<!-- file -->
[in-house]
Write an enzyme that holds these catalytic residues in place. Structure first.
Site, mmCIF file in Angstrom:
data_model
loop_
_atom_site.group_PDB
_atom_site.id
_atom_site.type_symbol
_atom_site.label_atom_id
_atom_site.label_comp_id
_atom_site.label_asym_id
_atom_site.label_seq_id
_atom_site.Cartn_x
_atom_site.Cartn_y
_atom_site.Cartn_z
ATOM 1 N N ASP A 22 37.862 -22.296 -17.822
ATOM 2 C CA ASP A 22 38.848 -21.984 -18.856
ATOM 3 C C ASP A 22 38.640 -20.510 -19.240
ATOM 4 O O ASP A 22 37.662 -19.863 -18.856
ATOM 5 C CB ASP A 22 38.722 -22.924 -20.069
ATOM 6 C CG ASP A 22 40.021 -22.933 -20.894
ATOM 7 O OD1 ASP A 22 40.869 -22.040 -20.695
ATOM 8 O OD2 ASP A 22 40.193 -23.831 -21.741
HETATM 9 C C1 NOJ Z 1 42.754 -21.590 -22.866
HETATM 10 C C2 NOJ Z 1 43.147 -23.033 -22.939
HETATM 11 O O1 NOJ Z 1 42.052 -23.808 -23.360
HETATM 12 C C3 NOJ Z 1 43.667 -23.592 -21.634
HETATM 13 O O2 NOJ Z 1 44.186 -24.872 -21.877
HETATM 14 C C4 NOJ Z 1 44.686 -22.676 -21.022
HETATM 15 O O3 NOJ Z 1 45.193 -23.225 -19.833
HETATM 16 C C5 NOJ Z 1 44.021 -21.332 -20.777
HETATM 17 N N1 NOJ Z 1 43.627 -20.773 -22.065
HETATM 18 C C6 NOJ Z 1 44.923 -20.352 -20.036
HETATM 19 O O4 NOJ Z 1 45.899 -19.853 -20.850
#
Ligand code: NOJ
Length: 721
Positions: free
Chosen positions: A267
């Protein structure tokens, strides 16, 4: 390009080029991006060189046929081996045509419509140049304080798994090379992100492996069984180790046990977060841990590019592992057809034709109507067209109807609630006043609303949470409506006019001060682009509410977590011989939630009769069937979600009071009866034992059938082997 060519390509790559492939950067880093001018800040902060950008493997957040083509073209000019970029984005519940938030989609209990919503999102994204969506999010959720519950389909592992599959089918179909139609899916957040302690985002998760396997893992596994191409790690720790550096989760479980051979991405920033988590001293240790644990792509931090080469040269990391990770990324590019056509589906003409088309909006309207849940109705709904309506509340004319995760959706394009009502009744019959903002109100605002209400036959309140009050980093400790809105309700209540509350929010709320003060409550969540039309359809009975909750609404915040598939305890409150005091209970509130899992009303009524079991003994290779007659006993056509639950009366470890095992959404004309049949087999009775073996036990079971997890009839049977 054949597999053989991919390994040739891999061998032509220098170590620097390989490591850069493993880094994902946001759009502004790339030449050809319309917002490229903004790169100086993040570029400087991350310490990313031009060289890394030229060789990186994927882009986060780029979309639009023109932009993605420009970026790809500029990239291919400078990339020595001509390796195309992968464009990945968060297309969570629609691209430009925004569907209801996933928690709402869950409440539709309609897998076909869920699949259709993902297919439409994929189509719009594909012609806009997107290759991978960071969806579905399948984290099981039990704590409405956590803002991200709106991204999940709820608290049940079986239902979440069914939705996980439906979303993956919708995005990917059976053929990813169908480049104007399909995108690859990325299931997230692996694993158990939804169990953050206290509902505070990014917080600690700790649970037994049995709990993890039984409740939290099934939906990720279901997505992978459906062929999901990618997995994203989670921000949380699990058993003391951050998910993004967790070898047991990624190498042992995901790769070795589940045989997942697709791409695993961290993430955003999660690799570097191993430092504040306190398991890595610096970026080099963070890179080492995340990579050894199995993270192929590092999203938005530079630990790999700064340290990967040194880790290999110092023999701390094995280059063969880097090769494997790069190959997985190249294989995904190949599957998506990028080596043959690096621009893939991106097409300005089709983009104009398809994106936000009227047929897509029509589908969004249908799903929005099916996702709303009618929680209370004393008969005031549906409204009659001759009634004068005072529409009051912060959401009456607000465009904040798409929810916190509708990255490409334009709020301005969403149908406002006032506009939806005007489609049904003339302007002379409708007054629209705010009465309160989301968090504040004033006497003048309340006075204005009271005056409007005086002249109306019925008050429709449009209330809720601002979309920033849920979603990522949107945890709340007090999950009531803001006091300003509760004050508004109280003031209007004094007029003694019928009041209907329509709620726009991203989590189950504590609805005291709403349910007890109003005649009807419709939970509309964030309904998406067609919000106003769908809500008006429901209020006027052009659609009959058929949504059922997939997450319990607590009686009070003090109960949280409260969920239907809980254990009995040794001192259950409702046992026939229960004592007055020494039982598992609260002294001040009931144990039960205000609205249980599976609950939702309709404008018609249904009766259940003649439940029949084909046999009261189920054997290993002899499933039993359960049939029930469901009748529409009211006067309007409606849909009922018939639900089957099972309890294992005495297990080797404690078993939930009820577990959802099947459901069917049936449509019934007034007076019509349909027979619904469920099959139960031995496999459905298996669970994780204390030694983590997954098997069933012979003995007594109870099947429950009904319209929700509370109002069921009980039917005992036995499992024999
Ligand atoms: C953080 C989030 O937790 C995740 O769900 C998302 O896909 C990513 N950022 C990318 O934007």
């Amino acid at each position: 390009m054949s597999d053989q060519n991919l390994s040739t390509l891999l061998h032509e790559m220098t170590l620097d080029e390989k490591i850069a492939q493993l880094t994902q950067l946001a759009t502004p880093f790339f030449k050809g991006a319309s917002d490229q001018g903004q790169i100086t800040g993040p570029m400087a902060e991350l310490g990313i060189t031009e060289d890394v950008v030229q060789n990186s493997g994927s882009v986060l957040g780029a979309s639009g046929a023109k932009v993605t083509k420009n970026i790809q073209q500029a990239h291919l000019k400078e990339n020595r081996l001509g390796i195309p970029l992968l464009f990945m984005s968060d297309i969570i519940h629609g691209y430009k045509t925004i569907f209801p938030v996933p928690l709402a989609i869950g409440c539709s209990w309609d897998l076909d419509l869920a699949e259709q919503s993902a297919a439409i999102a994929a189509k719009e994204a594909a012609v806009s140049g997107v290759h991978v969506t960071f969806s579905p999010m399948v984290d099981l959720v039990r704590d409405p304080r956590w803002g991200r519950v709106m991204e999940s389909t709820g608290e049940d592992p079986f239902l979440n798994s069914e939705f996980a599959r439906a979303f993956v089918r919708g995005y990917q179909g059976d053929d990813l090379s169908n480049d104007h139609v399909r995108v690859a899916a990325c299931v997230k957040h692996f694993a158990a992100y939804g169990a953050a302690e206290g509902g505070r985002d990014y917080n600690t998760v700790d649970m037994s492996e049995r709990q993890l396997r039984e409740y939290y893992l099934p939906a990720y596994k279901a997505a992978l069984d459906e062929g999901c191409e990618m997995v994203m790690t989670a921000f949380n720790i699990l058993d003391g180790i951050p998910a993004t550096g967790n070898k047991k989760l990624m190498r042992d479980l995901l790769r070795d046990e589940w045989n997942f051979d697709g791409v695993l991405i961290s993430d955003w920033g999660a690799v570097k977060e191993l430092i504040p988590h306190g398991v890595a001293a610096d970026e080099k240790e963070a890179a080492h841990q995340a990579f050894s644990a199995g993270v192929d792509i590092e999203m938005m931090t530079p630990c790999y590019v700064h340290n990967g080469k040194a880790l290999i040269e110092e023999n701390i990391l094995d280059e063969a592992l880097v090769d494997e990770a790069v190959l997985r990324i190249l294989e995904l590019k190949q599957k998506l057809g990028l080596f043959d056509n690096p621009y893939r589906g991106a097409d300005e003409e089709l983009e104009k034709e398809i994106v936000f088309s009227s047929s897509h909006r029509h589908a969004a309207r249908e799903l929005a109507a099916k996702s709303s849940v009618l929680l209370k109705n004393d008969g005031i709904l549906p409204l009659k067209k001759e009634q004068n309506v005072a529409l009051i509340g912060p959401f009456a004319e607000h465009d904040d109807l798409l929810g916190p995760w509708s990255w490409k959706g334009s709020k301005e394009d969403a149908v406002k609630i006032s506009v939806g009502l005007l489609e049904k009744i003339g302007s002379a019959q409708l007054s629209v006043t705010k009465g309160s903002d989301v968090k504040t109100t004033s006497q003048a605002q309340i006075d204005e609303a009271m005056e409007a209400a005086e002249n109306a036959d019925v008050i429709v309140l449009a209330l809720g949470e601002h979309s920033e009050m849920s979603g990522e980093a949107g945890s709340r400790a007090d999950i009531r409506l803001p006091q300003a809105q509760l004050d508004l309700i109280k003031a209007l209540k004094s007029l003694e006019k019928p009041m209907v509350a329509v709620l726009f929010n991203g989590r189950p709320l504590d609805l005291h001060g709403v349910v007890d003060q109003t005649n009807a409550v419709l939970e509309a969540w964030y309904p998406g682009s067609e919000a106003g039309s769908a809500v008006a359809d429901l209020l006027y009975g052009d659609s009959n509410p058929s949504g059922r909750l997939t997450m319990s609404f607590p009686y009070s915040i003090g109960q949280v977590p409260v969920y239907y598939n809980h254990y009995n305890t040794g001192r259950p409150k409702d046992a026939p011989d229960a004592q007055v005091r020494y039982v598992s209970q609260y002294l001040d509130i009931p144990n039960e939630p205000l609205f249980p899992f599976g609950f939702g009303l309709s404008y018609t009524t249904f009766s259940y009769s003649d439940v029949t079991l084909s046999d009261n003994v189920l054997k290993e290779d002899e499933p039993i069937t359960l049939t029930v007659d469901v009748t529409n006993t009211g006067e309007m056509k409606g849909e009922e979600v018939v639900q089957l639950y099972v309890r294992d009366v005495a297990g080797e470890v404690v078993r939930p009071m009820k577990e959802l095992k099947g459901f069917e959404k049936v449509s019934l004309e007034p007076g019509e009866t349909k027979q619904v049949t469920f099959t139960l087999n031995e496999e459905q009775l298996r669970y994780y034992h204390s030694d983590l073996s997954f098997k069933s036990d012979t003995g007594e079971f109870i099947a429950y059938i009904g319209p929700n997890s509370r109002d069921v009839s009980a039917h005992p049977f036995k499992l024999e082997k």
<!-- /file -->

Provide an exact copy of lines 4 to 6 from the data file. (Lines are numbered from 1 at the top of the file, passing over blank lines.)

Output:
data_model
loop_
_atom_site.group_PDB